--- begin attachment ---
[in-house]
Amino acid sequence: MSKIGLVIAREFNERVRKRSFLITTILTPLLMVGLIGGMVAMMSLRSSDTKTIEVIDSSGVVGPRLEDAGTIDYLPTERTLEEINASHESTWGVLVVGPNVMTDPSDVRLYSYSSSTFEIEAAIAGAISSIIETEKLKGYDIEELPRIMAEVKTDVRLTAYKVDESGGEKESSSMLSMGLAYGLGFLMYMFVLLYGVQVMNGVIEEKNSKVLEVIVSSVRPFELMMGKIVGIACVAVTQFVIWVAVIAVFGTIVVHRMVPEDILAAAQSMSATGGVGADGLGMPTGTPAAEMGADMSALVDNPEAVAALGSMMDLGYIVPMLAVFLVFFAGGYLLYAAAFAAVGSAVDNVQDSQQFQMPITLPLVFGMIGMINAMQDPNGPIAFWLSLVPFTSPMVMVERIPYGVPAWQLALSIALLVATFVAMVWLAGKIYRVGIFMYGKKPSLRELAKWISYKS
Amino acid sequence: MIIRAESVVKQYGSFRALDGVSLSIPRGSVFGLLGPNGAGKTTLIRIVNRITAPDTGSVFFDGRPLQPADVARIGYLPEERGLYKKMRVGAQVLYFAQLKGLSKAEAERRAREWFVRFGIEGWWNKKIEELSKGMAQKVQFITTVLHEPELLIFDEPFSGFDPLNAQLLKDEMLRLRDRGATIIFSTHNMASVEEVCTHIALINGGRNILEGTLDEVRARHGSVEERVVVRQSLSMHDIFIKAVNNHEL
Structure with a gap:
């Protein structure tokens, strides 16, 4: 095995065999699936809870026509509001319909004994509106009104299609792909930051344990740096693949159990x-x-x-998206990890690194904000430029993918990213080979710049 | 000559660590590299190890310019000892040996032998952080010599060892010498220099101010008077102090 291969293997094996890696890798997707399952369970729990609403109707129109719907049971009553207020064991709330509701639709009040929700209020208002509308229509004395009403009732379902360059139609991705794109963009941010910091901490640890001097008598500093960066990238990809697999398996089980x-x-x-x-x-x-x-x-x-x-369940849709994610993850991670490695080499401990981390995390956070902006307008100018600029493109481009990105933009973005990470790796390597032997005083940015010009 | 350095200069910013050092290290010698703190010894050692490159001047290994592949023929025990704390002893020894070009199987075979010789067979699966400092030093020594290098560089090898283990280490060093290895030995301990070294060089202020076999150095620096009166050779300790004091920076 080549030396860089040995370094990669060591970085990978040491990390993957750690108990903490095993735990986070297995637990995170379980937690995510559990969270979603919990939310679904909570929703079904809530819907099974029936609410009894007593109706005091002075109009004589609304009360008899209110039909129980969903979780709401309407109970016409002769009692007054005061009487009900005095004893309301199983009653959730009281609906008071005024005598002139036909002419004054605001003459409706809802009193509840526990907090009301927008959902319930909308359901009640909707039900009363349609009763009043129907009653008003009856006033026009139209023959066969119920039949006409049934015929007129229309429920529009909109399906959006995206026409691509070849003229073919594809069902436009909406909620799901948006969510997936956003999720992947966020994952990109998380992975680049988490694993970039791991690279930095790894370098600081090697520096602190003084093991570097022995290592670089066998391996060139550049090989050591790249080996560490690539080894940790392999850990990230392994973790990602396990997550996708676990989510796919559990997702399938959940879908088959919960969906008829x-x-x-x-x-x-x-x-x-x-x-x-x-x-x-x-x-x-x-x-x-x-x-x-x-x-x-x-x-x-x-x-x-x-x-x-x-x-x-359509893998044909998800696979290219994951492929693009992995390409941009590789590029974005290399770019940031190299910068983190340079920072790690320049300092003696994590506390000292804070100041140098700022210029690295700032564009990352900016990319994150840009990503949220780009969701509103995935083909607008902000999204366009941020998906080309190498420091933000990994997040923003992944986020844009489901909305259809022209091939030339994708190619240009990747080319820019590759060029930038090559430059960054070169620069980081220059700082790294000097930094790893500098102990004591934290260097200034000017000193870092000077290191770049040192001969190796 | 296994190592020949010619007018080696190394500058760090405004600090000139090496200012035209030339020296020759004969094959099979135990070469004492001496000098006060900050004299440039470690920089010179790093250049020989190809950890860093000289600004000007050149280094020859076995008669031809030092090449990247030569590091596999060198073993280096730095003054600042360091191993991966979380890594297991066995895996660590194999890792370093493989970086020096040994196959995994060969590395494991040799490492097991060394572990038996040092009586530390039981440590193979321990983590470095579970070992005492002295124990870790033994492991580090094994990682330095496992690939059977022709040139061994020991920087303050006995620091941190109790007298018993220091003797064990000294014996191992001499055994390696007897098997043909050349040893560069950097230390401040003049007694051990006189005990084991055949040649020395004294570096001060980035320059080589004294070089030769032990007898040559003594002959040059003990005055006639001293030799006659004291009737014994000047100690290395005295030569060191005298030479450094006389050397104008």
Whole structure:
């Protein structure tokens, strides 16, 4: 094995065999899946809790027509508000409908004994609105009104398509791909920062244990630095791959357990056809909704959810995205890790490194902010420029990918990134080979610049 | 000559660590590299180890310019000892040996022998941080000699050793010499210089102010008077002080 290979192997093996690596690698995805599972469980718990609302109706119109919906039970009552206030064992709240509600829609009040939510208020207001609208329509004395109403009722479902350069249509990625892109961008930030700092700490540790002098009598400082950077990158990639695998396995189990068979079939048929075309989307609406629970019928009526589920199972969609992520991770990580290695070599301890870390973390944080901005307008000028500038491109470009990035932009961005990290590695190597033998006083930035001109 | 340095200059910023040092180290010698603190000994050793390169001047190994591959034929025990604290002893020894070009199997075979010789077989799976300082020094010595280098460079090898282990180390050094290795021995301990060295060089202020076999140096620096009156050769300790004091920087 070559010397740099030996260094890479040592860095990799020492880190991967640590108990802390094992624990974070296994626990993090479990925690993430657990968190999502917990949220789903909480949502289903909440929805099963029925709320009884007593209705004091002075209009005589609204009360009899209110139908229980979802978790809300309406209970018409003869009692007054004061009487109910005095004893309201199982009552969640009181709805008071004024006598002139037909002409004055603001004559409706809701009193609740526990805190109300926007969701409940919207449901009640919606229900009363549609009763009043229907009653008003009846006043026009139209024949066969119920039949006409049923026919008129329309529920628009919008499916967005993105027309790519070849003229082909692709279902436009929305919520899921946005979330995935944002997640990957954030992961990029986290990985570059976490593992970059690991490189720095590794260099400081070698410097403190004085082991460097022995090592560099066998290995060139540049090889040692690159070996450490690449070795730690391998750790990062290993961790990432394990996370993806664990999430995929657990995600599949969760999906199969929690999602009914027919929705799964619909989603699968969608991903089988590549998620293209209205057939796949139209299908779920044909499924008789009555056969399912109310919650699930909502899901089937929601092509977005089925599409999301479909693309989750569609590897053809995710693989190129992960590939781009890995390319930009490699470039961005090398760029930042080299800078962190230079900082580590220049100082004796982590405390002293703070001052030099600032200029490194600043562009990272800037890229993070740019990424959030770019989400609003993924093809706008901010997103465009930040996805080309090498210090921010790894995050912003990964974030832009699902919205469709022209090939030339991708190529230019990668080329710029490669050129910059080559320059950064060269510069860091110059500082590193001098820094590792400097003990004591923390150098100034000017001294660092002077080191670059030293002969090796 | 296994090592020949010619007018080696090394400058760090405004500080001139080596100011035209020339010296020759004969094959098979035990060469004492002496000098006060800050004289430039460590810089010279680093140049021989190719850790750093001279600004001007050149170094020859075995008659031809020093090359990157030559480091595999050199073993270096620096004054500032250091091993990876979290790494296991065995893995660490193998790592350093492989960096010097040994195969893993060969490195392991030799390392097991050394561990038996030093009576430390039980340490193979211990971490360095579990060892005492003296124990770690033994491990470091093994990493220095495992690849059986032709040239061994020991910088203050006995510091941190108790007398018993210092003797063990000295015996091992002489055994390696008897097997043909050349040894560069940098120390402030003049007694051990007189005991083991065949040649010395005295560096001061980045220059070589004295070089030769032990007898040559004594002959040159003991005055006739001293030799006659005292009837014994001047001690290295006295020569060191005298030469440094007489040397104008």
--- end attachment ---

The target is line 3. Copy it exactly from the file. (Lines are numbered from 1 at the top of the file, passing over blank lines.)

Amino acid sequence: MIIRAESVVKQYGSFRALDGVSLSIPRGSVFGLLGPNGAGKTTLIRIVNRITAPDTGSVFFDGRPLQPADVARIGYLPEERGLYKKMRVGAQVLYFAQLKGLSKAEAERRAREWFVRFGIEGWWNKKIEELSKGMAQKVQFITTVLHEPELLIFDEPFSGFDPLNAQLLKDEMLRLRDRGATIIFSTHNMASVEEVCTHIALINGGRNILEGTLDEVRARHGSVEERVVVRQSLSMHDIFIKAVNNHEL